Blu-ray's new battlefield

Discussion in 'DVD Video' started by Dave U.Random, Feb 20, 2008.

  1. "Blu-ray has won the high-def war. But with challenges from low-
    end DVD players, digital distribution, and more, a new
    battlefield is forming..."

    Business Week article: http://easyurl.net/battlefield
     
    Dave U.Random, Feb 20, 2008
    #1
    1. Advertising

  2. Dave U.Random

    Guest

    On Feb 20, 12:14 pm, Dave U.Random <anonym...@anonymitaet-im-
    inter.net> wrote:
    > "Blu-ray has won the high-def war. But with challenges from low-
    > end DVD players, digital distribution, and more, a new
    > battlefield is forming..."
    >
    > Business Week article:http://easyurl.net/battlefield


    I think that unless blu-ray discs and players come down to a
    comparable price to standard dvds and players, then it will be just a
    niche market like laserdisc was. I just don't see standard dvds going
    away anytime soon.
     
    , Feb 20, 2008
    #2
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  3. Dave U.Random

    Doug Jacobs Guest

    In alt.games.video.xbox wrote:
    > I think that unless blu-ray discs and players come down to a
    > comparable price to standard dvds and players, then it will be just a
    > niche market like laserdisc was. I just don't see standard dvds going
    > away anytime soon.


    With the death of HD-DVD, blu-ray should be able to get greater sales
    which should help push prices down in the months and years to come.

    Even then, the market for blu-ray is going to be constrained by the size
    of the hdtv market. Right now, HDTV has a penetration of, what, 25% at
    best? That would mean that at its best, Blu-Ray is realistically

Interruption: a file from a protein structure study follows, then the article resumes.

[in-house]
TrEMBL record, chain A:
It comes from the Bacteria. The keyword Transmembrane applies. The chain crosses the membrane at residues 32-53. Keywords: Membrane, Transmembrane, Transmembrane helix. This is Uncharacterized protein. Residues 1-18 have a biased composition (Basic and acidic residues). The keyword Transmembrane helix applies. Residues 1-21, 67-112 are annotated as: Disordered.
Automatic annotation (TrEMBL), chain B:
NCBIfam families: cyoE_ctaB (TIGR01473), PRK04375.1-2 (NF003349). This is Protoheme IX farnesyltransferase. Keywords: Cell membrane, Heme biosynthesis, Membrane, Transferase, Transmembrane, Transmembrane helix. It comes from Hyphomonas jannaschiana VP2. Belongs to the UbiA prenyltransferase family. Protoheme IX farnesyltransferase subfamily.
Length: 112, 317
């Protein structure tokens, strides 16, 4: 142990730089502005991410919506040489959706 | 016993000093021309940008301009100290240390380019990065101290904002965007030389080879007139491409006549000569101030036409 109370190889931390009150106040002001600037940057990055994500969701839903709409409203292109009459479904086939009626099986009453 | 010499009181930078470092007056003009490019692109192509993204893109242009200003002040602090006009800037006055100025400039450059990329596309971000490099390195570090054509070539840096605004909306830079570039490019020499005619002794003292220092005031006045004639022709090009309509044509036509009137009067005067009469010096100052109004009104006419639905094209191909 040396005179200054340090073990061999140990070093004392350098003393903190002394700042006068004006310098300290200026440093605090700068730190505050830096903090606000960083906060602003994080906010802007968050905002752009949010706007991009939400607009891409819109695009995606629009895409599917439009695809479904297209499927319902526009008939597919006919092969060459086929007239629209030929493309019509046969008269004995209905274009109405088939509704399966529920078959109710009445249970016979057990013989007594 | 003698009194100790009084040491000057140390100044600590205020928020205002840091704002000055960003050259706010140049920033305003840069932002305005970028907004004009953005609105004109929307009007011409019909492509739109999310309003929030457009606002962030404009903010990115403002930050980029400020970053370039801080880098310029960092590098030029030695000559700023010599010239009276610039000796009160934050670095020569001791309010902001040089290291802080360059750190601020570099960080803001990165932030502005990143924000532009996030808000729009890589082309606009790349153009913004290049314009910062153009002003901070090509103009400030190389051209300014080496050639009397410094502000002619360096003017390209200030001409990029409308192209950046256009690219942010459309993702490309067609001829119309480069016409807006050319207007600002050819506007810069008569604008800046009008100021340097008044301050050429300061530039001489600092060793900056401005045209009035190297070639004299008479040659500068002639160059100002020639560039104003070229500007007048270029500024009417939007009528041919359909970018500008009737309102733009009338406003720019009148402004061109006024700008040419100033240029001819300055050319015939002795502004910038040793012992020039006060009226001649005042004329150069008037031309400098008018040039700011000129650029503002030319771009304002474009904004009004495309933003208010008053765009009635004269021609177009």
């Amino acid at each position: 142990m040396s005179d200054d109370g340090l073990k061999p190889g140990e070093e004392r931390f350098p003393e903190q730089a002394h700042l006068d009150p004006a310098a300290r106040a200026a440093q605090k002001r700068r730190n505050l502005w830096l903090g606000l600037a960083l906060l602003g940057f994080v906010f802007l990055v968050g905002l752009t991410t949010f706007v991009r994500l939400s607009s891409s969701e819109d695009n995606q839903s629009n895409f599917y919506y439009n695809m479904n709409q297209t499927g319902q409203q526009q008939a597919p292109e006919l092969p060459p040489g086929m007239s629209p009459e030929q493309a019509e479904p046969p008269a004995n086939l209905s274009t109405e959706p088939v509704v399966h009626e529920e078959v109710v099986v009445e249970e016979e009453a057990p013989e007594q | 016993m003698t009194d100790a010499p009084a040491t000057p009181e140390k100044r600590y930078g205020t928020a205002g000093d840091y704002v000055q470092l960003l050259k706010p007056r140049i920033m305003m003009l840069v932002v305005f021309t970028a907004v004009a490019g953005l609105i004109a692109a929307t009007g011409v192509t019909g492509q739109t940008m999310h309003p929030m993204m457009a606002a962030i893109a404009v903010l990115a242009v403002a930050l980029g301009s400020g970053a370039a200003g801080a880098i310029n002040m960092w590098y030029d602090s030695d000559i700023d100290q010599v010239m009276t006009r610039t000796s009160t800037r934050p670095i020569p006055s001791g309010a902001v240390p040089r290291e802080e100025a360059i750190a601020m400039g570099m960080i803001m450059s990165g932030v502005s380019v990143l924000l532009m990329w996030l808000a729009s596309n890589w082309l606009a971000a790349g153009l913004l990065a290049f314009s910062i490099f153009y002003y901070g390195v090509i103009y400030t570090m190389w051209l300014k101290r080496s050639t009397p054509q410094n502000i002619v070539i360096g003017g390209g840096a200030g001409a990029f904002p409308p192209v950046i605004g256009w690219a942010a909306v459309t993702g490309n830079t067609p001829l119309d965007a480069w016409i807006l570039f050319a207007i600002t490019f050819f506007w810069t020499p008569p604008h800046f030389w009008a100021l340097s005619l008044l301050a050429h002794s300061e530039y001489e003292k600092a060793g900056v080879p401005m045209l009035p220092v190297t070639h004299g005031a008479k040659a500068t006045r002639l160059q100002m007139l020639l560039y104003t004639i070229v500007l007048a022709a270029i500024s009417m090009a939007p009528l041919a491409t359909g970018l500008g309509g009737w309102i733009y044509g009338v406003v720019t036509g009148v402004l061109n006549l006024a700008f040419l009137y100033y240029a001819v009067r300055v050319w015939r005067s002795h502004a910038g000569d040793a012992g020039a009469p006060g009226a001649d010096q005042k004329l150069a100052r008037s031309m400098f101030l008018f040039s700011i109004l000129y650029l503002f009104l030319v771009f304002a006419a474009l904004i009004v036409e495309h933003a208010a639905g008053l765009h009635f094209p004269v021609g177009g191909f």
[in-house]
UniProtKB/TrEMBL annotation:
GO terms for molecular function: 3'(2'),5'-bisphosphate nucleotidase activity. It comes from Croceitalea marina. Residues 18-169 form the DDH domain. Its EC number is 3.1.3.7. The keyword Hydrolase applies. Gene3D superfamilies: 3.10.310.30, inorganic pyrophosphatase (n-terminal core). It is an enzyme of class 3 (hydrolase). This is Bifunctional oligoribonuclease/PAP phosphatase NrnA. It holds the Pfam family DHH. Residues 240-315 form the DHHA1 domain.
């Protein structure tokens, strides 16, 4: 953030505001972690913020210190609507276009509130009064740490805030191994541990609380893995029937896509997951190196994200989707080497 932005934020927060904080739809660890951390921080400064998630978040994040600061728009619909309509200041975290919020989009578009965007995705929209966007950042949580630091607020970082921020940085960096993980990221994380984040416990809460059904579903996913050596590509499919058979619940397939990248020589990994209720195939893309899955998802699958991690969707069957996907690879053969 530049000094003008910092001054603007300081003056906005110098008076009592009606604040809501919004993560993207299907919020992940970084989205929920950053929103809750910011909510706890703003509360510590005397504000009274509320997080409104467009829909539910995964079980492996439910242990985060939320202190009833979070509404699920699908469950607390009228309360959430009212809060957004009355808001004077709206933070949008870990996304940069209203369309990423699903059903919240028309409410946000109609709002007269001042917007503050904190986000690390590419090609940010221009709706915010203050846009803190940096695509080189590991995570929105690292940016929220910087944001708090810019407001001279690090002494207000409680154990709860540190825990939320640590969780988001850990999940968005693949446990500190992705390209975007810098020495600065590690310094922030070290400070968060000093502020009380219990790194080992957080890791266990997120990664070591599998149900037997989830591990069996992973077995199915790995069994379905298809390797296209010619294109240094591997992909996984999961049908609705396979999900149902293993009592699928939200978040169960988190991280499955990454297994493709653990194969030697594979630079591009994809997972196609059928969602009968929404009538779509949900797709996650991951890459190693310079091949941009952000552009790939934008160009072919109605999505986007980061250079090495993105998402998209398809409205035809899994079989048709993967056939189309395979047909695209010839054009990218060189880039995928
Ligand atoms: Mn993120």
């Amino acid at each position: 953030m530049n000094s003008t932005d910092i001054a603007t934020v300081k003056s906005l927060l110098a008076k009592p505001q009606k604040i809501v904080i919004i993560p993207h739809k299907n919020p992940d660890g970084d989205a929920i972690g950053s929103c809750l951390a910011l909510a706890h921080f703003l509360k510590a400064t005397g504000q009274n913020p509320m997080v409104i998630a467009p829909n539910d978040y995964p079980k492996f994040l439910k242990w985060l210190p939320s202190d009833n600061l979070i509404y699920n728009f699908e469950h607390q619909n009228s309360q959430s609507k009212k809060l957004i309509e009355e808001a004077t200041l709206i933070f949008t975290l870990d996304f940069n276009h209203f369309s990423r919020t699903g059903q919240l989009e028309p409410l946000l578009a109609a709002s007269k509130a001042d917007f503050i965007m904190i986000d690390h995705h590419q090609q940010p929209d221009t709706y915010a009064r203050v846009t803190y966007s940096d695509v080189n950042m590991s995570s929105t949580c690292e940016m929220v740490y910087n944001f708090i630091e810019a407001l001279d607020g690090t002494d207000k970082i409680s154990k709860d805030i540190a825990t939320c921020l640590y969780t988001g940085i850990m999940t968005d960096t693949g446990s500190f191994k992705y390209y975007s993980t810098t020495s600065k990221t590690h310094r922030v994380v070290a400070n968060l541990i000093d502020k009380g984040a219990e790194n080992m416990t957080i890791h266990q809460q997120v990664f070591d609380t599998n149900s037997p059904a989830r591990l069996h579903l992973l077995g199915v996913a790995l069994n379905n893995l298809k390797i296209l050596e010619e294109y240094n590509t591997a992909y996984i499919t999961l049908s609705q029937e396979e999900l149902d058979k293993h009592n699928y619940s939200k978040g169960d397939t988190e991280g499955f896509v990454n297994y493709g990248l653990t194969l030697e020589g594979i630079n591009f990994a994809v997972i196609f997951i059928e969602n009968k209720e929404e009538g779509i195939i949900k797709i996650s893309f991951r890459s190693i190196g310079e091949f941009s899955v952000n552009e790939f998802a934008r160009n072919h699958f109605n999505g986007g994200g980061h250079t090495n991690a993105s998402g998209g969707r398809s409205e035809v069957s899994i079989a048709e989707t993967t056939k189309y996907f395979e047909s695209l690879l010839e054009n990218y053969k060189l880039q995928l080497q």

constrained to 25% of the home video market. Even then, not everyone who
    owns a HDTV will buy a blu-ray player even if they do come down in price.

    Unless the studios aggressively move to blu-ray, and stop doing new
    releases on DVD altogether, blu-ray could very well end up being the new
    laserdisk even if movies are priced comparably to the DVD version.

    --
    It's not broken. It's...advanced.
     
    Doug Jacobs, Feb 21, 2008
    #3
  4. Doug Jacobs wrote:
    >
    > With the death of HD-DVD, blu-ray should be able to get greater sales
    > which should help push prices down in the months and years to come.
    >
    > Even then, the market for blu-ray is going to be constrained by the size
    > of the hdtv market. Right now, HDTV has a penetration of, what, 25% at
    > best?


    What was it the last time you posted this, 8%?

    (And yeah, we Patriots fans are still P.O.'ed about the Super Bowl, but
    at least if you bought one because of it, it was still worth it.)

    > That would mean that at its best, Blu-Ray is realistically
    > constrained to 25% of the home video market. Even then, not everyone who
    > owns a HDTV will buy a blu-ray player even if they do come down in price.
    >
    > Unless the studios aggressively move to blu-ray, and stop doing new
    > releases on DVD altogether, blu-ray could very well end up being the new
    > laserdisk even if movies are priced comparably to the DVD version.


    People didn't buy laserdisk in the mid-80's because it "didn't record"--
    They "won't buy" Blu as opposed to regular DVD because it
    doesn't...what, exactly?

    Derek Janssen (watch, he's going to say "Because it doesn't COST as
    much! :p ")
     
    Derek Janssen, Feb 21, 2008
    #4
  5. Dave U.Random

    Guest

    On Feb 20, 4:47 pm, wrote:
    > I think that unless blu-ray discs and players come down to a
    > comparable price to standard dvds and players, then it will be just a
    > niche market like laserdisc was. I just don't see standard dvds going
    > away anytime soon.


    I don't really see that as affecting anything. Just because SD-DVD
    sticks around doesn't mean that BluRay won't become a huge market on
    its own. There was a time when DVD was predicted to replace the CD-